Traders rediscover their taste for sterling, CFTC data shows
The British pound may have started October on the lower side, but traders seem to have had a change of heart lately when it comes to the British currency, data from the Commodity Futures Trading Commission showed.
On Sept. 26, net futures trader positions in sterling turned positive for the first time since November 2015, meaning long positions outweighed short positions for the first time in almost two years, the data showed.
The pound GBPUSD, -0.2636% has fallen from the year-to-date high of $1.359 against the U.S. dollar that it reached in mid-September, and since then speculative demand has grown.
Sterling initially rallied on the back of a more hawkish-sounding Bank of England. Most notably, in mid-September BOE Gov. Mark Carney said that interest rates could rise faster than the market expected.
Since then it pulled back, hitting a low of $1.3276 on Monday.
In fact, the pound was one of the worst performers on this first trading day of the year’s final quarter, sliding both against the dollar and the euro EURGBP, +0.0339%but according to market participants, this might just make it a more attractive buy.
Earlier Monday, the U.K. manufacturing purchasing managers’ index for September came in at 55.9, down from 56.7 in August. This highlighted “the cooling in the economy at the end of [the third quarter],” said Kathleen Brooks, research director at City Index.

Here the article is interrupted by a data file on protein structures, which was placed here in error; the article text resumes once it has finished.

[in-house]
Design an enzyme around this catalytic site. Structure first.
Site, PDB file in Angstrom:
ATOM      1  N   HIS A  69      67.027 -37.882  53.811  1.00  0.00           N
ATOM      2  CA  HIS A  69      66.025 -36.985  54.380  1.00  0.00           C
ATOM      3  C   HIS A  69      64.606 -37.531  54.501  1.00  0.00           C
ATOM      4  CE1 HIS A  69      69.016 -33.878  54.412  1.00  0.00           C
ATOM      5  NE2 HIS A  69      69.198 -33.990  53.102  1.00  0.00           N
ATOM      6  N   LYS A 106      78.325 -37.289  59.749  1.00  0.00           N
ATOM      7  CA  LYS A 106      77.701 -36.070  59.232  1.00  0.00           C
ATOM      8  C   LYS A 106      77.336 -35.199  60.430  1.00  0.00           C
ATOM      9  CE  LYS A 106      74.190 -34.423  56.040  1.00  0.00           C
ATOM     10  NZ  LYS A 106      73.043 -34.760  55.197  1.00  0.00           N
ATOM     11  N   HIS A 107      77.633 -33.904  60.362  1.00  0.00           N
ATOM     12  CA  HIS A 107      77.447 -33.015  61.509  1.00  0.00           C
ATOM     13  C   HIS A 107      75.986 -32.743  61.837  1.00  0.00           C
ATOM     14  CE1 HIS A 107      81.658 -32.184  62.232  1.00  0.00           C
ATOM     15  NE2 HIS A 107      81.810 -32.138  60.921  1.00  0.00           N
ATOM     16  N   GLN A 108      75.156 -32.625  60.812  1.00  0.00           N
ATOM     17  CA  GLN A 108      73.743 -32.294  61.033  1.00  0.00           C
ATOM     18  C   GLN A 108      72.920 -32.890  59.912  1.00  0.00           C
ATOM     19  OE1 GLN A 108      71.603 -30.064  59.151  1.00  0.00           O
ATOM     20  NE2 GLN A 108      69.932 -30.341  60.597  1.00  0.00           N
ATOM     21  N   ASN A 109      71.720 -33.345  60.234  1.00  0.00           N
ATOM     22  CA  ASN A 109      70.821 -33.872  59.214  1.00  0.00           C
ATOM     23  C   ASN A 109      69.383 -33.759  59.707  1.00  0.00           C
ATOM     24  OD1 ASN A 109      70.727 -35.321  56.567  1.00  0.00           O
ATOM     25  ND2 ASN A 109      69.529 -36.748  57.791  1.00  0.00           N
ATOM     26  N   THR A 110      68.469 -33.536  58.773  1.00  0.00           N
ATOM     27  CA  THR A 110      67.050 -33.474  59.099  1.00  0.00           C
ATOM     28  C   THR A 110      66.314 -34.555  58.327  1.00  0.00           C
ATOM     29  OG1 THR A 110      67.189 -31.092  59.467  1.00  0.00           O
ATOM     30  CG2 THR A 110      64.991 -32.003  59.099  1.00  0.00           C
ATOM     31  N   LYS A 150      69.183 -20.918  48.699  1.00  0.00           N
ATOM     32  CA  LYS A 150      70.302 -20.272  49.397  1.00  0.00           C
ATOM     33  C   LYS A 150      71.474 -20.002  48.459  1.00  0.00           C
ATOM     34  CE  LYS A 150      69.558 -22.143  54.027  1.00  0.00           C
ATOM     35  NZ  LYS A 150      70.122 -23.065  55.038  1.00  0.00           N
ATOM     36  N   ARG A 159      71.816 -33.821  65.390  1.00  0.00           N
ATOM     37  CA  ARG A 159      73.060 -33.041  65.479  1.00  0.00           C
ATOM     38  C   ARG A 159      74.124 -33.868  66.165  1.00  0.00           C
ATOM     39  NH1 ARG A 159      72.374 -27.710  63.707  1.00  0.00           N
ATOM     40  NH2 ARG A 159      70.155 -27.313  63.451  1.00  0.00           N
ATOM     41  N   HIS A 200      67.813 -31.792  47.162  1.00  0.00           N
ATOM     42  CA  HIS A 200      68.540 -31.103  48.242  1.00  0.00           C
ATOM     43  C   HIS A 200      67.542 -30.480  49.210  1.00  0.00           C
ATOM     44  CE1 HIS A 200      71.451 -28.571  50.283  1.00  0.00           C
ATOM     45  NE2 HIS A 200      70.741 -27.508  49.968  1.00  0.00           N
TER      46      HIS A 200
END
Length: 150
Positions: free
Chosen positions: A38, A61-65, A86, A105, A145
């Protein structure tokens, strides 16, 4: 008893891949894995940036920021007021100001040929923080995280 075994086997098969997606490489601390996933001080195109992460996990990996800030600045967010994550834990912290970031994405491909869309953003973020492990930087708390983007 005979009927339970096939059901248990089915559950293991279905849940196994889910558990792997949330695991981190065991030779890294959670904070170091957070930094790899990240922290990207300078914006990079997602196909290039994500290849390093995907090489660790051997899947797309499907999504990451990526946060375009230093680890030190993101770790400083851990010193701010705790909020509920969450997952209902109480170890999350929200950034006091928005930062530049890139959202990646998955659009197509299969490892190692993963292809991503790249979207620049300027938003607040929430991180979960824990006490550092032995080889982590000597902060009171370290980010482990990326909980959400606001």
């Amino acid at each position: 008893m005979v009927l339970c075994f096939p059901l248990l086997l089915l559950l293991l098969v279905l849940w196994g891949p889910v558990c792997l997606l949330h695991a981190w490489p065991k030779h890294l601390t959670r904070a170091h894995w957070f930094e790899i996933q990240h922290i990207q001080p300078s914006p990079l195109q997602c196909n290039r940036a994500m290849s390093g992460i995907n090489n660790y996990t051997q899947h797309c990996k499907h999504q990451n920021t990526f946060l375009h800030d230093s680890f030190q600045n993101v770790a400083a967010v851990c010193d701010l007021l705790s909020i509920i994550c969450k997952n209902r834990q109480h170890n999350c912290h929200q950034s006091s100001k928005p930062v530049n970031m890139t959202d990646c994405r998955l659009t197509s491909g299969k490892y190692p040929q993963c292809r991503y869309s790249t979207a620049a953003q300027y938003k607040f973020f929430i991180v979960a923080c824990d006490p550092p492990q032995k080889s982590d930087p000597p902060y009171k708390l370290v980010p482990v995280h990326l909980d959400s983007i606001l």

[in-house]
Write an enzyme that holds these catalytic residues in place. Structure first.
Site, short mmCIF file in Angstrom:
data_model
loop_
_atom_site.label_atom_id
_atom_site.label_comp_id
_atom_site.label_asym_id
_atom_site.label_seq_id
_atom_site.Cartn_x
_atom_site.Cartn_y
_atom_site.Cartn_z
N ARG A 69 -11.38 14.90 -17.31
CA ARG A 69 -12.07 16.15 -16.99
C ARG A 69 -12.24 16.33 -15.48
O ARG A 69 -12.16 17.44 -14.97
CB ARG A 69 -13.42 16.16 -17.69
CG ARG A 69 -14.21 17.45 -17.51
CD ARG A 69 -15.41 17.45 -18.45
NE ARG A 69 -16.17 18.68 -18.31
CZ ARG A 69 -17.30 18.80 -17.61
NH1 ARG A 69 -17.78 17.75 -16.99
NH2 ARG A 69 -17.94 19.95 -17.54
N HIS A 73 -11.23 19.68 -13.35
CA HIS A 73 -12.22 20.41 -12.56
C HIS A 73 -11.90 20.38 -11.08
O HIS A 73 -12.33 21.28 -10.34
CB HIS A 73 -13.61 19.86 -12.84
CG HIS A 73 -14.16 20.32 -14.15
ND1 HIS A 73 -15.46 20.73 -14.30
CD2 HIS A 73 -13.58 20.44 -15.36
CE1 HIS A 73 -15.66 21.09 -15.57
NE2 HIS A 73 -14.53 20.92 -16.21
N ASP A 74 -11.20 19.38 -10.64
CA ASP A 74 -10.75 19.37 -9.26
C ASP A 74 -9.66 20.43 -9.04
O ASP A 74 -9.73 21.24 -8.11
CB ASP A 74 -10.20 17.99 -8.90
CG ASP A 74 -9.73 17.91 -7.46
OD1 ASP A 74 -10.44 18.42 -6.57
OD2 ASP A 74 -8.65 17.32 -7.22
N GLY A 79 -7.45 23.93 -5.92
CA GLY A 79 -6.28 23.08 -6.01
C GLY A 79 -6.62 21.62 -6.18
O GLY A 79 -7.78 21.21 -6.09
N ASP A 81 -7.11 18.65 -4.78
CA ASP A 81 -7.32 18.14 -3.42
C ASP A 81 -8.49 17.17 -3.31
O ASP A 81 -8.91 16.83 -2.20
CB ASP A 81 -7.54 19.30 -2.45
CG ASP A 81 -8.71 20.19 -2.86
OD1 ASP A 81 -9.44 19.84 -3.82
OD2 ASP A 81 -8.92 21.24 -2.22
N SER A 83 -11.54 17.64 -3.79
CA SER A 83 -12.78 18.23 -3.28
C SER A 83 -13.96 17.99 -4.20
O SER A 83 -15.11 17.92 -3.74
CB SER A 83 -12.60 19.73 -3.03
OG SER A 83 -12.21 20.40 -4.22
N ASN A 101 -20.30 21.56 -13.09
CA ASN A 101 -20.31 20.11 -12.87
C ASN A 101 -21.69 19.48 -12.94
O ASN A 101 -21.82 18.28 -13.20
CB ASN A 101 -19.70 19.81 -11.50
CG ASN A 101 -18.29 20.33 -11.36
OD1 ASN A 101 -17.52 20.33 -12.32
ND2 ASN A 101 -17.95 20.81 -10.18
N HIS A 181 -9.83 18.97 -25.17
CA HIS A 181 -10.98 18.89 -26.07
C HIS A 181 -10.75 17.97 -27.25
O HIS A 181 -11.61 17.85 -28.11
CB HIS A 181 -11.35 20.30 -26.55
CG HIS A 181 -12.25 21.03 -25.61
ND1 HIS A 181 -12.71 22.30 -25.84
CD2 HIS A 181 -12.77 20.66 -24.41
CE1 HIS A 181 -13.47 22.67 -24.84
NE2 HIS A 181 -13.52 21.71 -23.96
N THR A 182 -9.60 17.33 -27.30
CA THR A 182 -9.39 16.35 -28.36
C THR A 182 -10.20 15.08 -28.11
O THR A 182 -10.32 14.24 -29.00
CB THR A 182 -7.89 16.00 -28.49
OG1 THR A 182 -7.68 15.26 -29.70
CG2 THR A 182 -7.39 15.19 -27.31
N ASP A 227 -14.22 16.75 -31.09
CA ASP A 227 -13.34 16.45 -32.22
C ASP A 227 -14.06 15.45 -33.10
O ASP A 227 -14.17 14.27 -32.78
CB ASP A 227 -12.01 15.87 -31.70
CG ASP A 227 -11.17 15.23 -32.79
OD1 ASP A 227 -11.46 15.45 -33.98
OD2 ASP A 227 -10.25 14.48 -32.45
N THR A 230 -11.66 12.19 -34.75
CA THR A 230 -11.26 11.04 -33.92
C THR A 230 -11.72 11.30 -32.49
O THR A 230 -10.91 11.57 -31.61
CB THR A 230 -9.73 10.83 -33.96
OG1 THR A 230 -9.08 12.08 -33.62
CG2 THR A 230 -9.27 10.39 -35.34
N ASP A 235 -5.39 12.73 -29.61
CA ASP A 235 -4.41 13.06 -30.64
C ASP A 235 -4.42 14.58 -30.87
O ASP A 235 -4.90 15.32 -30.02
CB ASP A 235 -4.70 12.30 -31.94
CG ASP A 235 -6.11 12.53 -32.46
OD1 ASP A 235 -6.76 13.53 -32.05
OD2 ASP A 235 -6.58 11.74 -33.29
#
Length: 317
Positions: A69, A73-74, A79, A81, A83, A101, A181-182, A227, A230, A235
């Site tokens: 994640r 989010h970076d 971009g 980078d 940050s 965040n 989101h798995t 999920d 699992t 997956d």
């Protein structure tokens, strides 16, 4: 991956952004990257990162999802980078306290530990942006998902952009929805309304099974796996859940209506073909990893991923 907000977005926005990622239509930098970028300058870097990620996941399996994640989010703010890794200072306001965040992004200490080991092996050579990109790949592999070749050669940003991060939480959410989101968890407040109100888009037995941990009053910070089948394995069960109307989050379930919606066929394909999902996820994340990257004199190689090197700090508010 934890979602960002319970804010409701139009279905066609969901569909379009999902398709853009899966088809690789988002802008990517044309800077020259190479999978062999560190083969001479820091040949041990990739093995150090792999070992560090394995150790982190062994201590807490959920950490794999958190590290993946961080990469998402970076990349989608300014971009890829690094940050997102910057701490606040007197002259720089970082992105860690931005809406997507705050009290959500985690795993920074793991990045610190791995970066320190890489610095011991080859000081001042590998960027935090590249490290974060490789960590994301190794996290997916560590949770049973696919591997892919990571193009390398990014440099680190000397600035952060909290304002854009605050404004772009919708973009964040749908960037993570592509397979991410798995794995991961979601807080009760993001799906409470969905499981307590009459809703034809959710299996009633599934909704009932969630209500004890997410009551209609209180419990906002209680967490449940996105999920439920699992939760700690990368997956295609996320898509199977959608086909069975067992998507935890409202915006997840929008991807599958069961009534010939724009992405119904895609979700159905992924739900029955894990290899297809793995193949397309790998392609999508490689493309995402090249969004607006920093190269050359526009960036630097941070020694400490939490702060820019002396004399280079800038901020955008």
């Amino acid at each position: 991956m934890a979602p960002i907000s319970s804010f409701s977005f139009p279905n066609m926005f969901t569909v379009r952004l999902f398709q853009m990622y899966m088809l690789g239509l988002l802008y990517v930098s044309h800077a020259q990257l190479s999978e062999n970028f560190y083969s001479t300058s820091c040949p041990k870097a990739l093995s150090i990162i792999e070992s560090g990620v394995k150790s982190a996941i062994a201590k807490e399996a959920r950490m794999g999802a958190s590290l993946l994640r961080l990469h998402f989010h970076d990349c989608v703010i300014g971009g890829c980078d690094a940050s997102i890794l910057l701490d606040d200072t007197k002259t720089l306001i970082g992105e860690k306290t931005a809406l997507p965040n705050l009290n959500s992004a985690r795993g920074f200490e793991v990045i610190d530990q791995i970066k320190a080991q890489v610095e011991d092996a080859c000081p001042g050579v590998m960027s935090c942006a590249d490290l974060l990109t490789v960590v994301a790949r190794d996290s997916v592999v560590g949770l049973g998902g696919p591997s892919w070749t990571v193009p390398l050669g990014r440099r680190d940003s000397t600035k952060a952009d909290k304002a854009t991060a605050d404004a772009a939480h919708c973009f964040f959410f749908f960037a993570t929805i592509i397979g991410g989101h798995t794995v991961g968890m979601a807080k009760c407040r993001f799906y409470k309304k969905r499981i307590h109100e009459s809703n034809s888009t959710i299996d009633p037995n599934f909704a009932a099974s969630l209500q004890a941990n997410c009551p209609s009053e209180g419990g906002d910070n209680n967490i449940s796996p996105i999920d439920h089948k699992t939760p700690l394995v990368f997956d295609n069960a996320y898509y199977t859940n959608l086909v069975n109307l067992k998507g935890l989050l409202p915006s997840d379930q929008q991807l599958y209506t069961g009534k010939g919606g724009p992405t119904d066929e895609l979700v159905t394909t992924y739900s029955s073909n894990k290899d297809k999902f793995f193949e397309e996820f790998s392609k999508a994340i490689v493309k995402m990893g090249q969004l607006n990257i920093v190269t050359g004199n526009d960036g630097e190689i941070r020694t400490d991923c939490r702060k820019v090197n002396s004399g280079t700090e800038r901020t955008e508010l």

“We expect the rest of the surveys to also show signs of moderation as the U.K. economy enters a period of slow cooling rather than falling off a cliff,” she continued.
Sentiment shifting this abruptly around the currency could be considered a contrarian sign and cause some weakness in trading, according to Brooks. “We believe that a further decline towards $1.3020 — the 38.2% retracement of the January-low to September-high — could be met with buying interest.”
At the same time, certain risks continue to loom over the U.K., including Brexit negotiations and the uncertain outcome for trade, as well as the internal woes of Prime Minister Theresa May’s Conservative Party.
The Tories, as the conservatives are also known, are holding their party conference this week, and traders are following it cautiously. In May’s speech at last year’s summit, she stressed the need for a hard Brexit, sending the pound plunging.
This year, her speech should be more muted, given how Brexit talks already seem to be gridlocked, Brooks said.
“However, it is worth remembering that Theresa May can be toxic for the pound, and its fall was accelerated after her Florence speech last month. That and the fact that September PMI’s between the U.K. and European highlight the U.K.’s economic vulnerability, suggest it could be a tough start to the month for the pound,” said Brooks.